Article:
Asking them to answer questions, of course, does eat into their valuable time but one of my main aims is to give them [and all staff] the opportunity to reflect on their practice and to help me re-design our CPD if necessary. I hope these questions proved as valuable to them as to me. I was also concerned that their involvement in lesson study in addition to their other NQT observations and general surge in planning and marking, would be too much. However, they asked to do it and before I could say no, they had begun planning and booking lesson cover!

Beth [maths] and Greg [history] joined forces to consider how “To assess strategies to further engage higher ability learners in the classroom through the use of the ‘Lead Learner’ role” We use Lead Learners in many classrooms and with many different ability groups but as NQTs this was new to them both and as they both teach 7 set 1, a class with some very able KS2 level 6 students, they were anxious to launch a short enquiry to see if their hypothesis that appointing Lead Learners would engage and, of more importance, challenge them and have an positive impact on individual learning, was accurate.

Andrew [geography] won the lottery and got Hannah [2nd in English] out of his lesson study hat and they have both been thinking about “Motivating high ability males to reach their full potential?” They hoped that their enquiry question would dig deep-Hannah, honest as ever and always self-analytical asked; “Can I motivate high ability boys to reach their full potential on a daily basis?” I have written about Hannah’s work and the questionnaire we used in my other non-school blog and will return to the questions raised later as a starter for asking all colleagues to have at least 1 very searching student survey in their professional portfolios. This post is about our NQTs though and Andrew will hopefully have benefited from working with a more experienced colleague.

Helen F [MFL, Spanish] chose to work with one of our most experienced subject leaders and teachers-Helen H [MFL faculty leader, French] and they chose a very practical enquiry question; “Is the inclusion of literary based activities in the new KS3 curriculum a motivating tool compared to normal grammar/vocab based lessons? Their year 11 speaking and listening needs have delayed their second round until after half-term. I’ll include their final feedback in the big Easter sharing of all of our lesson study work involving the more experienced teachers.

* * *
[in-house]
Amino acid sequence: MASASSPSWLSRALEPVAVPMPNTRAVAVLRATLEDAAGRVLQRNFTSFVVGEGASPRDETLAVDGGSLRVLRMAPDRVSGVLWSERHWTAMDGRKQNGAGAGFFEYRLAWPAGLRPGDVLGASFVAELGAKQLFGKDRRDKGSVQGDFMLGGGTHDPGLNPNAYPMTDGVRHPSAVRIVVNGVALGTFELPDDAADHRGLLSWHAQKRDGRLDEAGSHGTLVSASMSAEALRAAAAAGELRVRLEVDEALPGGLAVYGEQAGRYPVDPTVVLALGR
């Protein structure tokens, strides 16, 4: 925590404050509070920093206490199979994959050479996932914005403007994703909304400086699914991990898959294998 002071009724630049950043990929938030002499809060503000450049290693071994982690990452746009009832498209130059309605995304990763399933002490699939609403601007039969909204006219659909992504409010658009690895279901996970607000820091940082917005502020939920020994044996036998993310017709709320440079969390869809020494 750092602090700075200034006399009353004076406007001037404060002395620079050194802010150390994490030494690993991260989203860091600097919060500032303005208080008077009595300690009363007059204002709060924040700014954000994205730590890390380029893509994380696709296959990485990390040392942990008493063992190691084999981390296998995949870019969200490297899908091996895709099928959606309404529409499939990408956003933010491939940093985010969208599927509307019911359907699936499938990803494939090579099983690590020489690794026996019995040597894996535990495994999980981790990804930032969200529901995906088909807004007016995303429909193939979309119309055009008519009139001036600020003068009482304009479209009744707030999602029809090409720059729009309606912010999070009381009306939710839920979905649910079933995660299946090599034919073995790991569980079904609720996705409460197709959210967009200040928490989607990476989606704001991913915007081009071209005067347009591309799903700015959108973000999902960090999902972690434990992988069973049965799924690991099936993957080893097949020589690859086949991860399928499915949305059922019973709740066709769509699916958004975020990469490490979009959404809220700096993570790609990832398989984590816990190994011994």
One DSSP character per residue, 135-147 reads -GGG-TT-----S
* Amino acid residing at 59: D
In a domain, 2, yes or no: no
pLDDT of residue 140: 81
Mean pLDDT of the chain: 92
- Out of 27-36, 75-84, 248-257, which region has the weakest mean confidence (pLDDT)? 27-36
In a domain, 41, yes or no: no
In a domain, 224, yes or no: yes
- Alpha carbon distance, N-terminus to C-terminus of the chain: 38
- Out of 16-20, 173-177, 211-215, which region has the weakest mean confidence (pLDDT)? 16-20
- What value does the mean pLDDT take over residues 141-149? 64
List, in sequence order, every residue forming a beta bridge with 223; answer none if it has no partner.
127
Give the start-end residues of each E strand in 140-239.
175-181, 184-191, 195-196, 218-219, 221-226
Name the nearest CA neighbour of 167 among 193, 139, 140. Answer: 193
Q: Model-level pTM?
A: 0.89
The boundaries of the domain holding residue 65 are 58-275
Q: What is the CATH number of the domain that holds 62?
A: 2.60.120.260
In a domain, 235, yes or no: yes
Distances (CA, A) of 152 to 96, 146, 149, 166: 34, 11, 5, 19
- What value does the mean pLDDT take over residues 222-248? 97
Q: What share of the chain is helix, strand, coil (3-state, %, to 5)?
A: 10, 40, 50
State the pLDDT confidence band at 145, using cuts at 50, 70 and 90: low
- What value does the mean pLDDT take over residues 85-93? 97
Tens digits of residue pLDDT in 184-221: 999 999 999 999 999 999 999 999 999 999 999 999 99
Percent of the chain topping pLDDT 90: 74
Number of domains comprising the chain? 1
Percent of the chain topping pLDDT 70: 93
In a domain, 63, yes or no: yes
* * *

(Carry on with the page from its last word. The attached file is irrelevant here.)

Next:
Toni only joined us in November so is a lesson study Billy No Mates! Covering Emma’s year 11 geographers has given her more than enough to think about [as well as having me lurking in the room!] and she has found time to send me a great idea only this morning. I’ll tell you more about Toni’s progress later so no lesson study report but I love this idea!

“I’m sure it’s been done before [not by me Toni!] but just an idea I had for DIRT. I’ve started putting little labels on every page that require pupils to respond to feedback. This ensure they don’t miss anything and also makes it easier for me to check their responses! I take the labels off once I am happy with the pupil’s response”


What a brilliant DIRTy idea and shared to all earlier.

Beth and Greg trialled their use of Lead Learners in the autumn term and used them to ‘cold’ lead group activities with varied success-some groups were easier to work with than others, some leadership skills needed to be taught and developed beforehand etc. but it was an interesting start.


This time they chose their leaders and gave them tasks to prepare at home in readiness for their leadership tasks. They were going to lead the lesson on certain aspects and teach their groups. Rather than use the term co-constructed learning we tend to call it ‘flipped learning’ for the students-‘flipped’ in that they are teaching rather than the teacher. It’s less of a mouthful than CCL, although for purists not really US style ‘flipped learning’- if it works, I don’t care what it is called! [Apart from Liverpool FC perhaps!]

Greg went first with the Black Death and his Lead Learners were given this home-learning task.


Of the 3 target students, Greg predicted that A would have;

Created a strong presentation for their group. A will confidently teach their peers about the BD ensuring that each student makes notes and checks understanding. They will ensure all of the 3 key questions have been answered.

B he felt would have;

Created a simple PPT, with lots of information. They will have prepared well and will know their own information. However B will speed through their task and may struggle to get across the information required. This may lead to students not fully understanding the 3 key questions.

C Greg predicted;

Will confidently present their lesson, however their resources or information may be rather simple. C will lecture students rather than discussing with them. This will hinder the other student’s ability to complete the test as strongly as others.

To older colleagues this probably sounds like the outcome of many teacher observations they have seen! The Lead Learners were pretty good in their part of the lesson but Greg’s resources may be of more interest to colleagues. He used similar tactics to track learning in his interview lesson-I must have liked them as we appointed him! This is from one of the groups who were asked to record their thoughts at the beginning of the lesson, after the Lead Learner input and then after sir’s section.


The black spot starter amused me!


A 3rd of the class with the plague to represent the numbers killed in England in 1348 and after.

I also like the effect graph which helped them to consider short/long term impact and positive/negative consequences. They haven’t been SPaG marked yet!


Beth followed Greg and gave her Lead Learners a math’s mat to help them prepare their mini-lesson. This was adapted from one shared by @PE4learning.